The increasing trend of CKD incidence and new cases in Iran also might be attributed to the increasing prevalence of hypertension. Hypertension is a definite risk factor for CKD that leads to glomerulosclerosis and loss of kidney function [23]. Based on a systematic review and meta-analysis conducted in 2016, hypertension is one of the most common health problems in Iran, and around one-quarter of the adult population has high blood pressure. The prevalence of hypertension increases with age [33]. Therefore, appropriate and timely public health management interventions regarding hypertension are essential for CKD control and prevention.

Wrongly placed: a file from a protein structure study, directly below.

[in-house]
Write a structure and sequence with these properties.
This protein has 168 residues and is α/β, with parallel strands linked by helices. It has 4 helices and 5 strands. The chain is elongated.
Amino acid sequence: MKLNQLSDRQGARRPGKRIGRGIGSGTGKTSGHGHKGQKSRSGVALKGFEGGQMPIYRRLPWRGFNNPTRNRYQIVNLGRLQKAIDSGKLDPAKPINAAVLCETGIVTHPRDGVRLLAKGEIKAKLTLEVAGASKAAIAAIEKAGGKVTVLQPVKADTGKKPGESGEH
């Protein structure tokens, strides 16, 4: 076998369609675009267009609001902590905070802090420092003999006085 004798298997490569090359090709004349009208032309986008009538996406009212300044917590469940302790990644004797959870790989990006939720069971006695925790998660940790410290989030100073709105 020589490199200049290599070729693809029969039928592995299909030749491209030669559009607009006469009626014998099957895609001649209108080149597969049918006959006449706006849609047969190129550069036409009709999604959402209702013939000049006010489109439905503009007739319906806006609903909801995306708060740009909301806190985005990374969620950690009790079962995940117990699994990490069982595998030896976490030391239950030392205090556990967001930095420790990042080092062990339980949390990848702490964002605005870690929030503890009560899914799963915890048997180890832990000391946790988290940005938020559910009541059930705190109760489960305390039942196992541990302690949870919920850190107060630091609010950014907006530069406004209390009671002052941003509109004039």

Another reason for the rising incidence of CKD during the last 3 decades and the future decade in Iran may be due to the shifting lifestyle toward Western diets with a high level of calories and the expansion of a sedentary lifestyle. Based on previous research, participants with a high level of physical activity had a lower risk of developing CKD than inactive participants. In addition, the prevalence of Western diets—and hence, overweight and obesity—may also lead to an increased risk of CKD incidence and progression [23,34,35].